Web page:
Jan 31, 2013
Sometimes comic, often tragic, this is a tale of aristocracy, obsession, and alcoholic and sexual excess. Yet during the course of his turbulent life, Toulouse-Lautrec succeeded in producing a huge body of work that was truly revolutionary in tone and impact, shattering the distinction between high and low art. He transformed the darkest depths of the human condition into artistic gold. Waldemar Januszczak, former art critic for The Guardian and two time winner of the Critic of the Year award, argues that the story of Lautrec is also the story of the birth of celebrity and mass media. Yet a century after his death, the artist has received none of the usual acclaim in line with his achievements. Toulouse-Lautrec's crime was that he remained the consummate outsider—an outsider to his family when he was alive; to critics when he died; and by art historians ever since. All are guilty of taking him less seriously than he deserved.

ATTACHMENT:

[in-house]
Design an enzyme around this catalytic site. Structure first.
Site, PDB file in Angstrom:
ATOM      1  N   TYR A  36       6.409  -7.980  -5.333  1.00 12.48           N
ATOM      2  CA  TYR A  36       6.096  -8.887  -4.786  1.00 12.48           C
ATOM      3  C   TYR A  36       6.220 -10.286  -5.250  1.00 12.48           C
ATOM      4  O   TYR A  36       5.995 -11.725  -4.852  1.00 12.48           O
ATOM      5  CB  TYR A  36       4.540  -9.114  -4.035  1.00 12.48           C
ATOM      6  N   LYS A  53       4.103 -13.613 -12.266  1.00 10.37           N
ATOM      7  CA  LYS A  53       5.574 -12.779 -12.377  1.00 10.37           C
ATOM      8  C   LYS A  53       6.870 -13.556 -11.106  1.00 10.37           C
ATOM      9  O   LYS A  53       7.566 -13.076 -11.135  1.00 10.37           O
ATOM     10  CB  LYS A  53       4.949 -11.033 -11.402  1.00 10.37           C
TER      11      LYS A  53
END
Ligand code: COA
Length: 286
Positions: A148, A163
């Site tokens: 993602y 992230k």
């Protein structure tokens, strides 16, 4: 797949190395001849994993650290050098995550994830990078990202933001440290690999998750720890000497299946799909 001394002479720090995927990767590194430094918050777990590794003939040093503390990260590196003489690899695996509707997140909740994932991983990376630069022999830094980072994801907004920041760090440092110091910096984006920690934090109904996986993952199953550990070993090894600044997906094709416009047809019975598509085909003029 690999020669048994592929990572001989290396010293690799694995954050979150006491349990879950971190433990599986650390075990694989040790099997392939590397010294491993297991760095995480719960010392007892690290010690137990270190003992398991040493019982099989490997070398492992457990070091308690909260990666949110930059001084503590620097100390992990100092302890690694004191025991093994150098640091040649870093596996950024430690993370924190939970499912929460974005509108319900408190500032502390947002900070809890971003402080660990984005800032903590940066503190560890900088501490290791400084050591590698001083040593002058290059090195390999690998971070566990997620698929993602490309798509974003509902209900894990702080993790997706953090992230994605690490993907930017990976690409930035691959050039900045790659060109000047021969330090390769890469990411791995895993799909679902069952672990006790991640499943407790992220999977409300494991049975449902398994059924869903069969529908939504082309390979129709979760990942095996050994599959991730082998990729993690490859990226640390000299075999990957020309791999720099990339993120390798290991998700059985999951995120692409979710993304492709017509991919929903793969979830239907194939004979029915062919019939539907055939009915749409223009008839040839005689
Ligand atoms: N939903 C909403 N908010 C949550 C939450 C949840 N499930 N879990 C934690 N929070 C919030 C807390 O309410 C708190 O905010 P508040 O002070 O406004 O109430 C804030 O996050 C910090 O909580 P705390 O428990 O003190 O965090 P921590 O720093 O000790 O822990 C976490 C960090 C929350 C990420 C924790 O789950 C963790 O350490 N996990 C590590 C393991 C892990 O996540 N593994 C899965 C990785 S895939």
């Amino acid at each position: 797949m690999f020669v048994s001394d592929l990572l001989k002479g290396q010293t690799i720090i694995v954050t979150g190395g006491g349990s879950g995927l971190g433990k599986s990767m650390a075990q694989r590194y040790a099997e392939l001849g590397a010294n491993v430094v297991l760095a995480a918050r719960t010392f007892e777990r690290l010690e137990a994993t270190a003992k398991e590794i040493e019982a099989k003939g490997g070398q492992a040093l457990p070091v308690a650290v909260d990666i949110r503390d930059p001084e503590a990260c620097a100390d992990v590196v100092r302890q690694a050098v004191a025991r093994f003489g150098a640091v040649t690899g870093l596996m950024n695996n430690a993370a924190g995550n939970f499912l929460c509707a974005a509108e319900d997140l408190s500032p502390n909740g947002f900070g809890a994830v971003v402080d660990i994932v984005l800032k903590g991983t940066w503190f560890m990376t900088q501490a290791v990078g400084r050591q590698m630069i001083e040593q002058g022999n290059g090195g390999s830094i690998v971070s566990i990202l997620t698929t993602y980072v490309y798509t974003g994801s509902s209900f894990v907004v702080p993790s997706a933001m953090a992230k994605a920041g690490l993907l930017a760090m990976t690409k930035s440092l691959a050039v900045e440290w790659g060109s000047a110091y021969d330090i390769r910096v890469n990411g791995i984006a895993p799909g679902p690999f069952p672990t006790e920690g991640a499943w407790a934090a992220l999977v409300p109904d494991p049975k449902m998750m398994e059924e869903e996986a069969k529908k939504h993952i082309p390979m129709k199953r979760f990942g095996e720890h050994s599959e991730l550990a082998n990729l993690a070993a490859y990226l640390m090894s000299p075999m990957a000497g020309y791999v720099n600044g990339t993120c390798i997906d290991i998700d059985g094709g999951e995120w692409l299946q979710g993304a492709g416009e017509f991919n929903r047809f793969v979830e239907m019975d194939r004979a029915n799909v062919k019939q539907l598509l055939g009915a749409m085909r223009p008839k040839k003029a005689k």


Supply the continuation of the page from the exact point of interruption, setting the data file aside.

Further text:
Art is full of angry outsiders. Yet almost all of them are eventually welcomed and forgiven, but not Lautrec. Pioneer of the poster, apostle of the brothel, lover of the low. Lautrec is as under-estimated today as he ever was. Waldemar tells Toulouse-Lautrec's story in all its fascinating detail, celebrating the vibrant life and career of one of the world's most misunderstood geniuses.
|Cost||free with Museum admission.|
New Britain Museum of American Art
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